Vincent Van Den Berghe

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Top Stories by Vincent Van Den Berghe

To solve problems DHTML, JavaScript and XML can't handle, you sometimes need so-called "rich" client components for your Web applications. Traditionally, this is the realm of Java (applets) or ActiveX controls. If your clients are using Internet Explorer 5.5 or higher you have another choice: write your client components in .NET and host them in Internet Explorer. This is an interesting and viable choice if the rest of your development work is also in .NET, since you can use a single technology and a single framework for all your needs, both on the client and the server. This is a good thing, since reducing the number of different technologies reduces some of the development risks and associated costs. Writing .NET components to run on the client is called IE Sourcing. It's not very well documented, and there are a lot of traps and pitfalls if your component does no... (more)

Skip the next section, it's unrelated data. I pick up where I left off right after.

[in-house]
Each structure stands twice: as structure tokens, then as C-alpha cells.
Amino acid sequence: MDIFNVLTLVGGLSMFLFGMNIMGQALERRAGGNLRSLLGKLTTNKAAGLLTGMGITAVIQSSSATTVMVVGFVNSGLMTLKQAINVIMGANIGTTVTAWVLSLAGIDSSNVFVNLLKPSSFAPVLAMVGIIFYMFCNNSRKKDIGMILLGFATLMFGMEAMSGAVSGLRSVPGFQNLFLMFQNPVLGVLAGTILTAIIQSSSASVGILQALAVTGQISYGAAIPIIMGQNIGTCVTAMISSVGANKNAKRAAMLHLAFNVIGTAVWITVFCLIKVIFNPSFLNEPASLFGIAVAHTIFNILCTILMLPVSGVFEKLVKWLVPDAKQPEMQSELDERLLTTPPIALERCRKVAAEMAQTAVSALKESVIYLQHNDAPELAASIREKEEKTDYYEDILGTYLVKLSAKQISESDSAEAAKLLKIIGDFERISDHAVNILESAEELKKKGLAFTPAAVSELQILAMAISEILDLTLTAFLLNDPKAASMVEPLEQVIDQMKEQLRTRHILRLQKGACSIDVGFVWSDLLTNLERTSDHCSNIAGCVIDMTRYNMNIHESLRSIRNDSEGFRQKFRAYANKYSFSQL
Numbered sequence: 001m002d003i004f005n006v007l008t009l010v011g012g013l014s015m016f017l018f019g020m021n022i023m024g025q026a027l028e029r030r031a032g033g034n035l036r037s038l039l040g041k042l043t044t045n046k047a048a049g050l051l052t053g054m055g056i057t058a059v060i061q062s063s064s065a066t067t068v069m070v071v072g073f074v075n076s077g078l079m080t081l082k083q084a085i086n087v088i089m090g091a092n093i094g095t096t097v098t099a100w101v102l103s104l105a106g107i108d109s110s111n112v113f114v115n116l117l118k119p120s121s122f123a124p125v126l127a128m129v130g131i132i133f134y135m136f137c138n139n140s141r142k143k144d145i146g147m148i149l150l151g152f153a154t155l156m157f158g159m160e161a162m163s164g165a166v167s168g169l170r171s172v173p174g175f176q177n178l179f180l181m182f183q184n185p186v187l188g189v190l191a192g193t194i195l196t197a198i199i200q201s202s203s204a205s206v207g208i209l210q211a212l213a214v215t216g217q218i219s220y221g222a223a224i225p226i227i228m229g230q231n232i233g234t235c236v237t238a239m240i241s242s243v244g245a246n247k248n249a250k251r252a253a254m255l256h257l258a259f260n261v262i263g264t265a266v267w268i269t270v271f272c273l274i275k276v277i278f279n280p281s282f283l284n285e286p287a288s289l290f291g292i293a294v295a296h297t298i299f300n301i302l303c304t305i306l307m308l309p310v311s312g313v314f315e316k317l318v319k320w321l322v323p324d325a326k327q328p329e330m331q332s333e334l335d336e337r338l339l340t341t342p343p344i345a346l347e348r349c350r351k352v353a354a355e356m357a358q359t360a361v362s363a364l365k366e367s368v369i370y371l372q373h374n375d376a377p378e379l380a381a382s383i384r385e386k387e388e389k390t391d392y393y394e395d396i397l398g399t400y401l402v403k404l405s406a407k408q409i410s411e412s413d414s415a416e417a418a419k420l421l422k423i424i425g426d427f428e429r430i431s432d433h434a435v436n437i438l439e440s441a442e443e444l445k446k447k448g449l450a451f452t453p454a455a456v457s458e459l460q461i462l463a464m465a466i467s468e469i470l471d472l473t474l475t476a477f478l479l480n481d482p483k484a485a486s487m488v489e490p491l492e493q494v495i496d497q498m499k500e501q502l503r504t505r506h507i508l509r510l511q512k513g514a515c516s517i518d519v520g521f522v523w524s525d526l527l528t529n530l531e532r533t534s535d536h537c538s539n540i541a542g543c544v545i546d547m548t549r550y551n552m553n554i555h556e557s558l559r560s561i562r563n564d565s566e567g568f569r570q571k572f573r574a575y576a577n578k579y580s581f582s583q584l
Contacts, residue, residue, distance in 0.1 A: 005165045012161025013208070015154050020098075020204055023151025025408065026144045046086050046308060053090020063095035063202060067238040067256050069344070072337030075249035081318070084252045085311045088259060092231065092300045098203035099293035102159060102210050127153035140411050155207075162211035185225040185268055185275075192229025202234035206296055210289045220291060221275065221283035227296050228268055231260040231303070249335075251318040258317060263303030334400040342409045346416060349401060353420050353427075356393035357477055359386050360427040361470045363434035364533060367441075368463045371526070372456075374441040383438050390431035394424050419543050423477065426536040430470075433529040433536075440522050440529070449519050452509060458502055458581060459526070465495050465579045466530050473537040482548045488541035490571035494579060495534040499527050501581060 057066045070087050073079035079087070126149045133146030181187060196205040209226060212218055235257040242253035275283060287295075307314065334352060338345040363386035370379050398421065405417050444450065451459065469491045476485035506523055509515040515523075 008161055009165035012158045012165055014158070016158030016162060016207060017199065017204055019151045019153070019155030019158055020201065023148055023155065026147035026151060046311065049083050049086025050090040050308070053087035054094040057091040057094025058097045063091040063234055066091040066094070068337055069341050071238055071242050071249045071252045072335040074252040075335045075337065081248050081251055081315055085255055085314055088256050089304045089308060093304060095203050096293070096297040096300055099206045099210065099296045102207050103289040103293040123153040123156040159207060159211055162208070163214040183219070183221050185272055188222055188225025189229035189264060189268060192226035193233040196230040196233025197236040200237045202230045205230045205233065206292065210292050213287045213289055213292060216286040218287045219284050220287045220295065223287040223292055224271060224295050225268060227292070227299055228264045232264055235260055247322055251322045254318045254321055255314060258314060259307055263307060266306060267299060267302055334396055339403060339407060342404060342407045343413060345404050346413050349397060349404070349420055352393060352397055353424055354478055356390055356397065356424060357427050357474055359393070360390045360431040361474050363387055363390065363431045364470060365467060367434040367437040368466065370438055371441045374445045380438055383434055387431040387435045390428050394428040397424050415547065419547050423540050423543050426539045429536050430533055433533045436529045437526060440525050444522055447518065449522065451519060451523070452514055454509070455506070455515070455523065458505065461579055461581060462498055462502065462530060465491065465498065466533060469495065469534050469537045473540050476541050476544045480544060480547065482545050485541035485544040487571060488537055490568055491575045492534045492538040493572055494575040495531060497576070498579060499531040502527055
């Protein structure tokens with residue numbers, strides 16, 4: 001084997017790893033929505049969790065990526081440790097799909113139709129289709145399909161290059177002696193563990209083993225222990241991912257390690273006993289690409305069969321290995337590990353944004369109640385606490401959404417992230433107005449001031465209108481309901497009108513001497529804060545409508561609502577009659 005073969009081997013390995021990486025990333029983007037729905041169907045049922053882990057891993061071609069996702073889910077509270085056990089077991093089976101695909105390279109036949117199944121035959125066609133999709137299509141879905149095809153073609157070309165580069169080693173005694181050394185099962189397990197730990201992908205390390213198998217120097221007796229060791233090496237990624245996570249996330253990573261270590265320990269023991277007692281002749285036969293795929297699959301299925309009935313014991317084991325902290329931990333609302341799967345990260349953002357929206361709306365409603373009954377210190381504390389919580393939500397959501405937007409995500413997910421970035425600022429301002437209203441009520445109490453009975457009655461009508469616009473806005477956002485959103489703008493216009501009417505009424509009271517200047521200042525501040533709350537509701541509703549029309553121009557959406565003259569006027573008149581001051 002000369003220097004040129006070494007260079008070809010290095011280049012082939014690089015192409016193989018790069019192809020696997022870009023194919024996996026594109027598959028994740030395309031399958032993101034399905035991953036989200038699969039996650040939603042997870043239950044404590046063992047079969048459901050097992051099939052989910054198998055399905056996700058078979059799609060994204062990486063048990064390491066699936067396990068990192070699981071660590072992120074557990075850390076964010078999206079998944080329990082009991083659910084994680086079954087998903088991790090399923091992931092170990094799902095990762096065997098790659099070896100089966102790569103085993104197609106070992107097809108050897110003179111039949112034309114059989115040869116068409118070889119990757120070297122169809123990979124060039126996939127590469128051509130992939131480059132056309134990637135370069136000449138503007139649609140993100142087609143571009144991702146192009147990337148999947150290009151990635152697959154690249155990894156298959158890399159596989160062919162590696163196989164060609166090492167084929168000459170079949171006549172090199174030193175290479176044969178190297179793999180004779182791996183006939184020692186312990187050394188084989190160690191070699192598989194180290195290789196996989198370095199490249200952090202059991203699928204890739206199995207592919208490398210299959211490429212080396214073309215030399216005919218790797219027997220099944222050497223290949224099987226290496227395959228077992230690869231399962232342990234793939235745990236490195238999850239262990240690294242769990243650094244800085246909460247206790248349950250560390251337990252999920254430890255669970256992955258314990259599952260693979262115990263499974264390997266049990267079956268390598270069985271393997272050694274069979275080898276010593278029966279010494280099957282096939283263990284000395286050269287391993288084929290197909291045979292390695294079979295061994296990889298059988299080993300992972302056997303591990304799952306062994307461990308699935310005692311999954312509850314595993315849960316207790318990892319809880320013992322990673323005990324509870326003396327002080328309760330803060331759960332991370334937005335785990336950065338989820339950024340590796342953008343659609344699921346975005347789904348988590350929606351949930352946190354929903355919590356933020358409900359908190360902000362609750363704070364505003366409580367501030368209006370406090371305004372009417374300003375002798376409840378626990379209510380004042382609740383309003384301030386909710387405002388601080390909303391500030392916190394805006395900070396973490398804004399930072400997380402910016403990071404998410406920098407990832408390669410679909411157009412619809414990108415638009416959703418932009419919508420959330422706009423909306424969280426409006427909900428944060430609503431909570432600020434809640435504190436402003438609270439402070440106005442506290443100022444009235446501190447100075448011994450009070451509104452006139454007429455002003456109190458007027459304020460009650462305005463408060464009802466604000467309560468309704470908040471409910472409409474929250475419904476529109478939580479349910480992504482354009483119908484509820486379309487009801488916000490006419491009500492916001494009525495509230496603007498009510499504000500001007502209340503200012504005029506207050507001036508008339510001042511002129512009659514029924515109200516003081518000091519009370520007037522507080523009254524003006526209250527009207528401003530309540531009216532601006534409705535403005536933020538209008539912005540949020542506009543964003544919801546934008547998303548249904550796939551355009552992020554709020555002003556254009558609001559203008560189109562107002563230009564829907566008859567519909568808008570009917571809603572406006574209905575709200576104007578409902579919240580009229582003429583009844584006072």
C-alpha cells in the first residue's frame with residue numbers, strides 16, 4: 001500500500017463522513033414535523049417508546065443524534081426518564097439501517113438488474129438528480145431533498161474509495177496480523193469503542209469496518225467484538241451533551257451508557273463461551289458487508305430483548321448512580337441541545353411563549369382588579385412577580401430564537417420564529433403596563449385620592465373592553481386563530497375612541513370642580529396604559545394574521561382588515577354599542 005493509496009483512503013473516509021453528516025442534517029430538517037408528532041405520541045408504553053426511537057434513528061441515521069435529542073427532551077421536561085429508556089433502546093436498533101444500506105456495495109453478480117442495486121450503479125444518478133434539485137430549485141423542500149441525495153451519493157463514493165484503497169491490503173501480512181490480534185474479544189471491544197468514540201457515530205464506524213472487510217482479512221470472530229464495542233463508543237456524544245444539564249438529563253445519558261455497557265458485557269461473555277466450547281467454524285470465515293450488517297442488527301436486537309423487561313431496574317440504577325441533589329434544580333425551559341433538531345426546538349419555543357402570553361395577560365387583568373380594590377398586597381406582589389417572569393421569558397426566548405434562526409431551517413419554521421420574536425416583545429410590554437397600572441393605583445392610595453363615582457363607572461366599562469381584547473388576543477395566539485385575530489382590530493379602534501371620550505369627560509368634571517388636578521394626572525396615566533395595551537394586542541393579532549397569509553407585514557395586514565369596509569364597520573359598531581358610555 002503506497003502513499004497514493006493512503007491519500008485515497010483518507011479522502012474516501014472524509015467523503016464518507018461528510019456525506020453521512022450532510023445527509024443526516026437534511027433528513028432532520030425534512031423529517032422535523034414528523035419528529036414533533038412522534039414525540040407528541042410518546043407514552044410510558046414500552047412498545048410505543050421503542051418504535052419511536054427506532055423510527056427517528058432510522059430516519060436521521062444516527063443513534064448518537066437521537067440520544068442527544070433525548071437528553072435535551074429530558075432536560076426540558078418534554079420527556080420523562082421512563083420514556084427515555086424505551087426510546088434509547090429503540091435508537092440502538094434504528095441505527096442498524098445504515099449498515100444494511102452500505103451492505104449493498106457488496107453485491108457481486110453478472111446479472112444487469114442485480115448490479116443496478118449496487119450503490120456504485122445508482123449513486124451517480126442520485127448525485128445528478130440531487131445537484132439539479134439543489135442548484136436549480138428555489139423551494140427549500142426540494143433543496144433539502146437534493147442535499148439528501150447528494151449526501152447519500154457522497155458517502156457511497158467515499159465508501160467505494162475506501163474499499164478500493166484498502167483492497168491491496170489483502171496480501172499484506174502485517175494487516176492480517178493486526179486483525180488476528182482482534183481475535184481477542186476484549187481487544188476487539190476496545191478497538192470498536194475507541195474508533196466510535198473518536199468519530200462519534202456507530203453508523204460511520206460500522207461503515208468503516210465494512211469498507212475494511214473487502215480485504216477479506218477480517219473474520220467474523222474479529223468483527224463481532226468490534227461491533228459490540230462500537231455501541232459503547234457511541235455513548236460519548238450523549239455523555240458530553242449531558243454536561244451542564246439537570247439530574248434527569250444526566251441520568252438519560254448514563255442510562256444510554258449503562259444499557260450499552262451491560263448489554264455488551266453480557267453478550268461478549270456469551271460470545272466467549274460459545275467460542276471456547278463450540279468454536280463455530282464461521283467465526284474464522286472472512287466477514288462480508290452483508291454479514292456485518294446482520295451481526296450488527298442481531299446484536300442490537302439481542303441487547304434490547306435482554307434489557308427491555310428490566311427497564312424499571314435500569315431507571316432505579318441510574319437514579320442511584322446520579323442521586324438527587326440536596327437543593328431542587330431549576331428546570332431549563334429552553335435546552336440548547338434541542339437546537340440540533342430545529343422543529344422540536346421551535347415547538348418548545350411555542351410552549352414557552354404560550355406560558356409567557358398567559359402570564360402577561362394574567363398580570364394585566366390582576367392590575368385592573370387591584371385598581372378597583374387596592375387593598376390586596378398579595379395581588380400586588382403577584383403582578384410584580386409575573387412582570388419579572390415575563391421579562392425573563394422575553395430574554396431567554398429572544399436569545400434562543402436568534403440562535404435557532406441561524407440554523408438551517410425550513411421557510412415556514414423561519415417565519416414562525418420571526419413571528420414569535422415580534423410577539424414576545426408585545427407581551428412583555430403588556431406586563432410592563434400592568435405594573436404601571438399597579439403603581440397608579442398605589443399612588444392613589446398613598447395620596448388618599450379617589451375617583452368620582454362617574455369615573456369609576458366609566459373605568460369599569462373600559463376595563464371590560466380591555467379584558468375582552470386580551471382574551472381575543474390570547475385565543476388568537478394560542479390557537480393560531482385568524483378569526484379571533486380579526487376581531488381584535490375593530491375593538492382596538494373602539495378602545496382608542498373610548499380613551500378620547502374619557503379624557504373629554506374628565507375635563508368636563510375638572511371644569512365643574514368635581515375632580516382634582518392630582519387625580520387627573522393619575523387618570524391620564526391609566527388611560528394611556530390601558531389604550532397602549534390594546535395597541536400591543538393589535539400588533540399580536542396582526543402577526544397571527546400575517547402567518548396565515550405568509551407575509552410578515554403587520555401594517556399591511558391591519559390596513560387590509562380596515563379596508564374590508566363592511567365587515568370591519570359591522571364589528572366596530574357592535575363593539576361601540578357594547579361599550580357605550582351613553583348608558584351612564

.NET Feature — Writing Client Components in .NET

Determining the Set of Permissions and Creating the Permission Set At this point, we should think about the permissions our component needs. We're creating our own code group and permission set, so we start from scratch: this means that we'll have no permissions at all to start with. So, in addition to the permission to call unmanaged code (which we need to solve the event-handling problem that got us into this mess), we also need to include the permission for our assembly to execute. If we forget to include "execute permission," our component will simply refuse to load. But wait, t... (more)